Some who are skeptical of “living organisms” and homemade projects involving live cultures in ones’ kitchen, I can rest assure this is a very safe and healthy task.  Some might question the fermentation process with tea and yeast, creating an “alcholic beverage”.  This is a valid concern, however to put your mind at ease, while the yeasts do create alcohol, the bacteria in the cultures eats up the alcohol and produces organic acids.  Very small amounts of alcohol, about 1%, are left in the Kombucha.

There are so many wonderful benefits for Kombucha.  I find I feel more energized, balanced, and clear during the day when I have about 2 cups.  I forgo coffee or tea, and drink my Kombucha in place of any other caffeinated substance.  It’s a good feeling.  A cleansing feeling.  It has been claimed to improve metabolic disorders, HIV, arthritis, chronic fatigue, liver damage, allergies, hypertension, and cancers.  And, getting past the initial “shock” of its vinegary taste … it becomes a delicious treat.  So much, in fact, you’ll want to make it yourself.


15 thoughts on “How To Make Kombucha

  1. Great step-by-step! Hope you don’t mind if I forward this to folks who are looking to make their own–especially in this time of the Great Kombucha Drought!

    Long live Home-Made!

  2. Hi Roberta,
    I just wanted to let you know I LOVE your blog. The photos are just beautiful and that garden gate is the absolute best! I must, must, must, print up a copy of that picture and make one similar…only, our garden has no name…it also has nothing growing in it except the cucumbers that came up in the compost pile…and lots of weeds.

    • Thanks for the lovely compliment, Anita! Cucumbers growing in a compost pile? I love it! Talk about sustainability, right? 😉 And, ooh, yes … the weeds are not a gardener’s favorite!

  3. Thank you! Now that GT Dave’s Kombucha is no longer around, I’m planning on making my own. I have the scoby. I’ll use this recipe and step-by-step and wow myself! Thanks again!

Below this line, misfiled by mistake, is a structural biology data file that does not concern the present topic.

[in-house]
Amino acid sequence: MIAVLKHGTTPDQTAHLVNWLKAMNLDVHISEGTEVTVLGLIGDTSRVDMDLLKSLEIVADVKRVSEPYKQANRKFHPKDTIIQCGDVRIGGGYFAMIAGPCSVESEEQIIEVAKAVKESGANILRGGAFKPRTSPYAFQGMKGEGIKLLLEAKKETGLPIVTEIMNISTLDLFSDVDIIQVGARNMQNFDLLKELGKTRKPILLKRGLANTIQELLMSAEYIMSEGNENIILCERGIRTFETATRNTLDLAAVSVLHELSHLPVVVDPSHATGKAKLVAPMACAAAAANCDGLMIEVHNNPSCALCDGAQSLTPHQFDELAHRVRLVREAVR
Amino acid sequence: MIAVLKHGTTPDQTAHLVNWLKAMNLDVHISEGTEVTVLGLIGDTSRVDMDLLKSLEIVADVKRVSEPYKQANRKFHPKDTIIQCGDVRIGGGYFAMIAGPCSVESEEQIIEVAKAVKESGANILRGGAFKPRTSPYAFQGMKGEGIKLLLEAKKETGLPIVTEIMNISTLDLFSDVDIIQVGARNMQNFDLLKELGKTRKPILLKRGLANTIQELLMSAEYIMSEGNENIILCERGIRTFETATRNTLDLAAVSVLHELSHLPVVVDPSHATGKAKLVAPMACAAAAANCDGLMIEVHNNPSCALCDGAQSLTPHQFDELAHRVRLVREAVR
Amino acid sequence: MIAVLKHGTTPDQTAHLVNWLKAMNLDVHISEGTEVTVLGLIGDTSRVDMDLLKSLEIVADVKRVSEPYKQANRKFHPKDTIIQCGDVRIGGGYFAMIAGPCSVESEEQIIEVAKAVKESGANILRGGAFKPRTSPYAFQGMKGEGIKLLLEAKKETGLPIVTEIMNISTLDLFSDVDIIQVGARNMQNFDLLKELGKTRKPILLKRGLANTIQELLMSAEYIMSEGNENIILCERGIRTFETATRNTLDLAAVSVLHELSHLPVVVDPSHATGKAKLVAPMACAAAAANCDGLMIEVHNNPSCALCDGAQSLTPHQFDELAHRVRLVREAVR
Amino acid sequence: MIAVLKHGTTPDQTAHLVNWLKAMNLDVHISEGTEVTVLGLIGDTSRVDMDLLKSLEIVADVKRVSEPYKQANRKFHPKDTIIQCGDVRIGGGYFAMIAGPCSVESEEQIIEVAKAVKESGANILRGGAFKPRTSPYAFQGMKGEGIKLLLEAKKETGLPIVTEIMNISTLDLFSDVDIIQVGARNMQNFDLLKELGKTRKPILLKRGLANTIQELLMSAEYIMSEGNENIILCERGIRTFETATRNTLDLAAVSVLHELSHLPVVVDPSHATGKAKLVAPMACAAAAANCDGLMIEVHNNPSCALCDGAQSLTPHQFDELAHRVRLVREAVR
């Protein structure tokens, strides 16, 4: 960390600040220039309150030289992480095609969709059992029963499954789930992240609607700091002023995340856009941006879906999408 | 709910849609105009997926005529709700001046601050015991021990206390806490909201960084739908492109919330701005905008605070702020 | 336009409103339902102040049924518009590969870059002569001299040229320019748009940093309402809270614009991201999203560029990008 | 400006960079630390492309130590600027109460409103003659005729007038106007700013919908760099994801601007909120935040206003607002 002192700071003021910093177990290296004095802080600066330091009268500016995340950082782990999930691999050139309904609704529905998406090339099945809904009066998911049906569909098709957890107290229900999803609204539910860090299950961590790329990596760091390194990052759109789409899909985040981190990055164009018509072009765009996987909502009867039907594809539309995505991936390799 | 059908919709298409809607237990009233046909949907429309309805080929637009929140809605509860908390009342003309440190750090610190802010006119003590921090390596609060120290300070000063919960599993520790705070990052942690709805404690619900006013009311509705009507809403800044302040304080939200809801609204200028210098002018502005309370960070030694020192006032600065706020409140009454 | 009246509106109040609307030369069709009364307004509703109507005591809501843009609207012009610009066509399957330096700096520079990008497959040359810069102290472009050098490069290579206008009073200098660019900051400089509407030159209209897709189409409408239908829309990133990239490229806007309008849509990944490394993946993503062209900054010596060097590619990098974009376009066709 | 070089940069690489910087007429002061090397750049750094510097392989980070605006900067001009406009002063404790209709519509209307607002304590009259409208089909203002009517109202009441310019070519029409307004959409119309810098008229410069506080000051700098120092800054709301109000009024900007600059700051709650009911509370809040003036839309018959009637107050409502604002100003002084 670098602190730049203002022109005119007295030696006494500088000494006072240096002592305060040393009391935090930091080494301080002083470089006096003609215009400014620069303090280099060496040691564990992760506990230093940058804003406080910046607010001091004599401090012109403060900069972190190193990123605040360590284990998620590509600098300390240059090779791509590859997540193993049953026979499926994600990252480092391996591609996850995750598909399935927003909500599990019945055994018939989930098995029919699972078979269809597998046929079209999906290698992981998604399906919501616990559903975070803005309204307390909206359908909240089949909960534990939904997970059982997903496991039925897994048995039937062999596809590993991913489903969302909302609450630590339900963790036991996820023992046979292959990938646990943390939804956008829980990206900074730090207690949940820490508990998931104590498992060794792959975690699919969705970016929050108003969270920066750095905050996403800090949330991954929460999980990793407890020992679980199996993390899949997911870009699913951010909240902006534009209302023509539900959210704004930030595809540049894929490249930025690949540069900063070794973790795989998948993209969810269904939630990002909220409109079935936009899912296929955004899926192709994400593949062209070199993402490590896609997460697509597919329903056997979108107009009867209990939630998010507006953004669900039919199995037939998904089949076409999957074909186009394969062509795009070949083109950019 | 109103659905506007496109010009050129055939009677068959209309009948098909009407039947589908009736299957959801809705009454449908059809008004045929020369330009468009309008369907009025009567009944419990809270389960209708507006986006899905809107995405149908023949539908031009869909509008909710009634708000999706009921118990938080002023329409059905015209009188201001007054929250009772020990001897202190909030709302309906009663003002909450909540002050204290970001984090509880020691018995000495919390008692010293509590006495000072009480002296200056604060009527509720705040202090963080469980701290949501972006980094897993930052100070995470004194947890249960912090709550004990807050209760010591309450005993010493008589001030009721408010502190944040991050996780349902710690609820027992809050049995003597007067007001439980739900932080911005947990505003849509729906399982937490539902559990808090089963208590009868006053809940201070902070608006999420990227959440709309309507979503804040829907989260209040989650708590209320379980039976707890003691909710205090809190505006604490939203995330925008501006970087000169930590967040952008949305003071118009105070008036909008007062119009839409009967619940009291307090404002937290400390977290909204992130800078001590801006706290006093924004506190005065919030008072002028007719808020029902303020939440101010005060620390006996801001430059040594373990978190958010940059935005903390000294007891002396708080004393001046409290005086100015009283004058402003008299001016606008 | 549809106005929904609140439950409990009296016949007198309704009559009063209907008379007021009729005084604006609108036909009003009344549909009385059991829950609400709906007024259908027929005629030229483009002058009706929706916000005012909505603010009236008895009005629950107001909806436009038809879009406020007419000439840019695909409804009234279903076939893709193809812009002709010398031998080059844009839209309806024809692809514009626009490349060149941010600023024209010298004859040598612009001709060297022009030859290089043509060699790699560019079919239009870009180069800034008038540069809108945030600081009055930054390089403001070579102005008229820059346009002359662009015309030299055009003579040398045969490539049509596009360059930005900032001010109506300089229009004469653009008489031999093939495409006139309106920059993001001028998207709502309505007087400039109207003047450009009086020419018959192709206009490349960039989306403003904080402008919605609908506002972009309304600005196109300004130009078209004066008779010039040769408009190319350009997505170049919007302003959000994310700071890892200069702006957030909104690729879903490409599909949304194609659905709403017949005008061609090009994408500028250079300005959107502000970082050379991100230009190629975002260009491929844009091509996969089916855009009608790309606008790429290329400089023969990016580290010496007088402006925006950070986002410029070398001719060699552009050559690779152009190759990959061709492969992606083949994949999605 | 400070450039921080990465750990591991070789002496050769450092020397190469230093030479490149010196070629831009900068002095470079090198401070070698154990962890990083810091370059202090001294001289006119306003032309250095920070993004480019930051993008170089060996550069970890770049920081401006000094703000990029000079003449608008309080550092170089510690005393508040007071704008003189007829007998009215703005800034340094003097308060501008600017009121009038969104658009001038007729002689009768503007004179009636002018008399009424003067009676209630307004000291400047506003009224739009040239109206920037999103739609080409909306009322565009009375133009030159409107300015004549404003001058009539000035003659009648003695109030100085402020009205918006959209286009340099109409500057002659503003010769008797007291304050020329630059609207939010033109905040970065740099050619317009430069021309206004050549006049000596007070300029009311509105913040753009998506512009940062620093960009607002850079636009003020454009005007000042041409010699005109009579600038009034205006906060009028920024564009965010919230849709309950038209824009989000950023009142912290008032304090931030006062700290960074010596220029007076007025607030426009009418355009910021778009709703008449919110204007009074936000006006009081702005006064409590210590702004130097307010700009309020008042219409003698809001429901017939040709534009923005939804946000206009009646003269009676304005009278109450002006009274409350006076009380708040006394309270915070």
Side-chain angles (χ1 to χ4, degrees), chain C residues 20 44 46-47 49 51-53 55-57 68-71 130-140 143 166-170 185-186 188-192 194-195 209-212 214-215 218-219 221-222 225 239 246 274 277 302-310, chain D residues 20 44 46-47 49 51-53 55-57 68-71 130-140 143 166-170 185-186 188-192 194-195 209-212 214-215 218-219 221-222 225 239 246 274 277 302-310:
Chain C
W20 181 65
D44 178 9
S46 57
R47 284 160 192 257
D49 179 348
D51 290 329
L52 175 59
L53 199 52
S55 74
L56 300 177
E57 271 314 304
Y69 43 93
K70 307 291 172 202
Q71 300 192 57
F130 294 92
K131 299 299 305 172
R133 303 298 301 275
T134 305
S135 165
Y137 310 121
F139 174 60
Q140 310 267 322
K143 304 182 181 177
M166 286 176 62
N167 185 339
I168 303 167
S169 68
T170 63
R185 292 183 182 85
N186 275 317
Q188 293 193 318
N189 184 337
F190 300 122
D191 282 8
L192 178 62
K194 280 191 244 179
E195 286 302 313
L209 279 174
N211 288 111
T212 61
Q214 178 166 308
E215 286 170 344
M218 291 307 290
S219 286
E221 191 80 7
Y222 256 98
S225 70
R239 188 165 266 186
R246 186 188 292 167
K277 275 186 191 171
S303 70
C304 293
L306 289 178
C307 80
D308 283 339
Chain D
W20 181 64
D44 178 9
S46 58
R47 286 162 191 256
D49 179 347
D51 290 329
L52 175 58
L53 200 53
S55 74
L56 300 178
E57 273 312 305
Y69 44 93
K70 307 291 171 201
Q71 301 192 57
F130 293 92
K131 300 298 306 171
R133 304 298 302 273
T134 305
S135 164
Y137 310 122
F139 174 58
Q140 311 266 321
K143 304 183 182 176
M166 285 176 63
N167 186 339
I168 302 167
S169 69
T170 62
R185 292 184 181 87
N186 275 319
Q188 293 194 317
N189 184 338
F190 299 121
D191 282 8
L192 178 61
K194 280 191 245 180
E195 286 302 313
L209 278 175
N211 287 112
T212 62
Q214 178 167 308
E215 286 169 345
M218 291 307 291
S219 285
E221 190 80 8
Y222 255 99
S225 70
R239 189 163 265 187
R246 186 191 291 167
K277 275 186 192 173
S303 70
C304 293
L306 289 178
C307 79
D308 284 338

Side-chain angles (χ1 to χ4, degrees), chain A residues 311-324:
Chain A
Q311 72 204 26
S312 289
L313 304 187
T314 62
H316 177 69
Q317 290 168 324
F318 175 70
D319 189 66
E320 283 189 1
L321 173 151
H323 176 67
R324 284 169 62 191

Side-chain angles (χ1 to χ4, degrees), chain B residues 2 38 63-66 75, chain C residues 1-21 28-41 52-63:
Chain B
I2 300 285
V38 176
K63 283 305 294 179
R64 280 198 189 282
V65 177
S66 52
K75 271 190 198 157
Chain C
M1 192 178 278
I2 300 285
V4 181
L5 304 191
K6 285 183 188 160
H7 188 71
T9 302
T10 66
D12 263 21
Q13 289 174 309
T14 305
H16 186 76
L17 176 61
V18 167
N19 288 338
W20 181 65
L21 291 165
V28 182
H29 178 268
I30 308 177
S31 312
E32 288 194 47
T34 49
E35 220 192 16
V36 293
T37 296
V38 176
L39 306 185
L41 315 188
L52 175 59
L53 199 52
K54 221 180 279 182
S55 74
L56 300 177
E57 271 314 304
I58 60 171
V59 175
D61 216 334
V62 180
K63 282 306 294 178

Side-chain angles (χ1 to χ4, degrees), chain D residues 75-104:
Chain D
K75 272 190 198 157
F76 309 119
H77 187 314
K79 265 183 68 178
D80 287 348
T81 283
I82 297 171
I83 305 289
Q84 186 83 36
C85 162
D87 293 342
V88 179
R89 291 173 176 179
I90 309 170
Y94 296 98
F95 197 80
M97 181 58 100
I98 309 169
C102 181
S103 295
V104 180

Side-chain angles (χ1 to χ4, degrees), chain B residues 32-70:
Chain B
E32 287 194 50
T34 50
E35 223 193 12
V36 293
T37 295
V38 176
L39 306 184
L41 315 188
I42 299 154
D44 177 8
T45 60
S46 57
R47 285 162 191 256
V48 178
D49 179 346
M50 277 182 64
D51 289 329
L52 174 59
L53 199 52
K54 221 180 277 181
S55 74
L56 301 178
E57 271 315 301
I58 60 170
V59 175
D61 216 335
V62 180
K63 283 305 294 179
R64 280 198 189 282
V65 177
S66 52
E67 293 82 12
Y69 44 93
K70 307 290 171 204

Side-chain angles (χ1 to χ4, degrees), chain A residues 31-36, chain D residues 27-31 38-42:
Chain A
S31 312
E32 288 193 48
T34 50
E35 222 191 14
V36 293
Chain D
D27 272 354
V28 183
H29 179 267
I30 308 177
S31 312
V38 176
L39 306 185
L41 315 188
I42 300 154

• You bet! Also, if you get tired of the basic kombucha you can add ginger to it to give it a totally new “life” … a personal favorite for me has been putting strawberries and ginger combined! Yum!

  4. My friend of mine recommended this site to me (and has been making her own kombucha now for a few months) but I do have a question before beginning: I’ve heard wonderful things about green tea kombucha and its benefits (greater than black tea). What are your thoughts/opinions on this, and have you made it? If so, which brands would you recommend and how many tea bags would you use?

    • Thanks, Nichole, for reading! Like you, I’ve heard MANY wonderful things about green tea kombucha, yet have never tried it (maybe this should be added to my 2011 New Years’ list of things to do!) As far as health benefits are concerned, I wish I knew more information about it as a brewed kombucha. I know that as far as green tea vs black tea is concerned, it’s been an ongoing debate for a while (the study of which is better is a rather new research in its early stages). Some say green tea is better because of its higher antioxidant content, while some say black tea is better because until recently they’ve proven to have higher antioxidants as previously thought. I’m not a tea expert, but what I do know is there hasn’t been an answer yet as far as which is better of the two. Personally, I do enjoy the taste of black tea over green tea. As far as which green teas to use to brew for kombucha, I’ve heard that Bigelow Green Tea is a good one (this will be what I’ll use when I do make myself a green tea kombucha) 🙂 Hope this answers some of your questions!

  5. Hello! Thanks for an easy step-by-step tutorial … I’ve been looking for a simple kombucha process (and have heard it’s easy) … This looks perfect!

  6. I googled “How to make strawberry kombucha” and your site came up and I just wanted to say “Thank you!” I have just recieved my first schoby and I cannot wait to get started!